As organizations look to improve operations through centralized control, they often need to take into account what would happen if an area of the network fails. In many cases, having a centralized controller-based wireless architecture in organizations with multiple branch offices has prompted the question, “What happens if the WAN is slow, or even worse, goes down?”
Many organizations have been reluctant to implement a centralized wireless controller located in the data center or private cloud due to this concern. Without centralized control, these organizations have two deployment strategies available to them:
Implement wireless controllers at each branch site. This approach is perfectly fine for an organization with many Access Points per branch, or those that require high throughput for applications such as Video. However, many branches only require a few Access Points per location or require simple applications such as bar-code scanning and printing. For these organizations, local controllers become less cost effective, with the capital expense becoming prohibitive.
Implement access points running in autonomous mode. This approach eliminates the benefits of having any kind of centralized control such as the ability to centrally configure wireless policy and security setting on access points, WIPS capabilities and advanced mobility services like CleanAir, leaving the branch vulnerable and opening the corporate network to attacks.
A common discussion I hear a lot is around how to ensure application performance when accessed remotely over WAN from a centralized data center. At the same time, efficiently utilizing the limited network bandwidth available is key to customers. Cisco WAAS solution can help achieve both these objectives in a cost efficient way.
WAAS (Wide Area Application Services) is Cisco’s WAN optimization solution that helps accelerate enterprise applications delivery and data transfer in cloud. The key benefits that Cisco WAAS solution provides for enterprise applications are:
Improving end user experience for the global workforce accessing enterprise applications in private/virtual private clouds, resulting in enhanced productivity.
Improving efficiency (reduced bandwidth requirements/time) for remote replication of the enterprise application data to the DR site are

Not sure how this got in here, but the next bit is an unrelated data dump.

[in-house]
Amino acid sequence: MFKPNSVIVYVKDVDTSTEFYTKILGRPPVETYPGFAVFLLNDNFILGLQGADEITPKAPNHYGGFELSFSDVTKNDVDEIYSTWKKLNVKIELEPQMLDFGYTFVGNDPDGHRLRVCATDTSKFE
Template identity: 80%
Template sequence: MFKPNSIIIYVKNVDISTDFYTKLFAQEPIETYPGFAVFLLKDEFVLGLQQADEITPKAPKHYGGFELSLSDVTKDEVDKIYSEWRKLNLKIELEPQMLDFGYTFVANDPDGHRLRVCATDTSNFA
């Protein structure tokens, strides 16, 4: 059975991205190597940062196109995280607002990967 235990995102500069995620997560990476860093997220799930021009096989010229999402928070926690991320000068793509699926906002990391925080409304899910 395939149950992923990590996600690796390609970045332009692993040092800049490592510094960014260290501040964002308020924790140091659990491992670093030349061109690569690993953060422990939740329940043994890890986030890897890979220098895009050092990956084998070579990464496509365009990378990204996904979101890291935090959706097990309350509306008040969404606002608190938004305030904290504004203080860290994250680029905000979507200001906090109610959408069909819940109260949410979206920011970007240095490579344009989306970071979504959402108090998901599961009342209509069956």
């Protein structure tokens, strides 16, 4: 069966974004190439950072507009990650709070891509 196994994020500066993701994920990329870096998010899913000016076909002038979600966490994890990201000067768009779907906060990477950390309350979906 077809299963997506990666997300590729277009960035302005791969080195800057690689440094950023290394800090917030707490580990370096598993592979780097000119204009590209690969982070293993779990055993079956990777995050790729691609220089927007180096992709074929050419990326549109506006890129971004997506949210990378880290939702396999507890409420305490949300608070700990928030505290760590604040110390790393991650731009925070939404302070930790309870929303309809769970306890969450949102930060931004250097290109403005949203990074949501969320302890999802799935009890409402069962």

The requirement for optimizing WAN traffic becomes even more critical as customers continue to adopt data center virtualization and private/hybrid cloud to run their most demanding applications.
Deployment flexibility/options with Cisco WAAS
Cisco WAAS offers multiple deployment options (both physical and virtualized), and can easily plug into different architectures across your datacenter/private cloud, virtual private cloud at service provider, remote/branch offices, Backup/DR site, and mobile workforce. The picture below shows the different deployment options available with Cisco WAAS.
Two major global trends are driving these significant increases: a continued surge in mobile-ready devices such as tablets and smart phones, and widespread mobile video content consumption.
The Cisco study estimates that by 2015, there will be a mobile connected device for nearly every member of the world’s population.
So what does this mean? Well, for one thing, it’s a harbinger that it’s time to get our WAN architectures ready for the flood of video traffic. What happens when you don’t? Aside from the obvious—you deliver a frustrating and dissatisfying media experience—you also put other network applications at risk of going down.
If that’s not enough to spur you to take another look at your WAN, consider my top five predictions for what this tsunami of video traffic might lead to from a cultural trending perspective:
“The road of excess leads to the palace of wisdom.”
- William Blake.
Looking back, the first decade of this millennium could ultimately be viewed as an age of excess. From securities, SUV’s and PDA’s to business travel, there was arguably too much focus on quantity and not enough on quality. This “more is better” attitude was also visible in the world of I.T. – particularly when it came to branch offices. But that’s all changing now.
I.T. people know all too well how many services are required to run remote sites in a growing business: routing, switching, applications, security, voice, mobility, and more recently, virtualization and video. During the “go-go years” from 2000-2008, some just kept deploying more and more dedicated appliances in more locations to deliver ever more functionality to try to keep their companies’ top lines growing faster than their competitors.